Kevin Kliesen, business economist at the Federal Reserve Bank of St. Louis, last week projected economic growth will remain sluggish in 2013 and possibly into 2014.
“The economy continues to improve,” Kliesen said last week at the Doane ag outlook conference in St. Louis. “But the gains continue to be fairly lackluster.”
The gross domestic product (GDP) increased by 1.3 percent in the second quarter. It is projected to increase 1.7 percent in the third quarter, 1.8 percent in the fourth quarter, and 1.7 percent in the first quarter of 2013, Kliesen reported.
Should those gains occur, the GDP would post increases in at least 14 consecutive quarters. However, the gains are well below the historic average annual increases of 3.25 percent.
“I expect the sluggish economy to persist in 2013,” Kliesen said.
High oil and food prices could continue to weigh on the economy. Oil prices next year are expected to average more than $90 per barrel while USDA projected food prices in 2013 could increase by 3 to 4 percent.
Elsewhere, GDP growth in China could ease from 9 percent to 7.5 percent while the forecast in Europe called for less than a half percent growth in GDP next year compared to a half percent decline this year.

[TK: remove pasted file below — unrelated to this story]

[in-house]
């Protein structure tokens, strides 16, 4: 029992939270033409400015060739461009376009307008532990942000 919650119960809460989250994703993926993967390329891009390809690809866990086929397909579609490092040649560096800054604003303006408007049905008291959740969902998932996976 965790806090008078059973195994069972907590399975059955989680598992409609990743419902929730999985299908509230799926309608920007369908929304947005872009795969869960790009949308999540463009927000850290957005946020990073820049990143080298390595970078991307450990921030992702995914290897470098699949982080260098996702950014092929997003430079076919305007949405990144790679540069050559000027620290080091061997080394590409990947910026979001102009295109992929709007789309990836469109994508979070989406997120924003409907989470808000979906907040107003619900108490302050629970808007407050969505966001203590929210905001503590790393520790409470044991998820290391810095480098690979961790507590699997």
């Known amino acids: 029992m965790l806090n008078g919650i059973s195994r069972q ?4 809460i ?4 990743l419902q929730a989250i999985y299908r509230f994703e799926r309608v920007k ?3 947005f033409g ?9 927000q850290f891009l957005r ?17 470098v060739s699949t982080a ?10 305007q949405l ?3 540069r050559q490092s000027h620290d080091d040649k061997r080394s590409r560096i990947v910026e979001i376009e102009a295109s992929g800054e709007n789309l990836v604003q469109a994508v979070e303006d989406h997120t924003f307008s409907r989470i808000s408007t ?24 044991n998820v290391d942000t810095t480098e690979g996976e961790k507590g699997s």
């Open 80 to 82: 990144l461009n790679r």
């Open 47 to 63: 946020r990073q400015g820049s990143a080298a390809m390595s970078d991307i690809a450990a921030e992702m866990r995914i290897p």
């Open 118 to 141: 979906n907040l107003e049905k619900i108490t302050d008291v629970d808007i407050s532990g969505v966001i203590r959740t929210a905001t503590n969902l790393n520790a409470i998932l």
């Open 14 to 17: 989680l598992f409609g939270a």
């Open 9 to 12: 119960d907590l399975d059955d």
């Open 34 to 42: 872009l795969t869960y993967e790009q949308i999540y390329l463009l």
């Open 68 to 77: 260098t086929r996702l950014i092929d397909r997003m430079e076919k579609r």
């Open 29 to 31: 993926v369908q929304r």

“That tends to put a damper on the outlook for exports,” Kliesen said.
The economy also is expected to be restrained by a high unemployment rate that was projected to average 8.1 percent this year, 7.8 percent next year, and 7 percent in 2014.
The typical unemployment rate in “normal” economic conditions previously was 5 percent to 5.5 percent. Kliesen said the new normal unemployment rate could be 6 percent.
The farm economy has been strong due to high commodity prices, but Kliesen noted the drought caused many ag bankers to temper their outlook for farm income this year compared to last year.
Elsewhere, the Federal Reserve Bank of Chicago reported the drought isn’t expected to put downward pressure on farmland prices. But the market was projected to level off.
The value of good farmland in Illinois in the second quarter increased just 1 percent compared to a 15 percent rise the past year.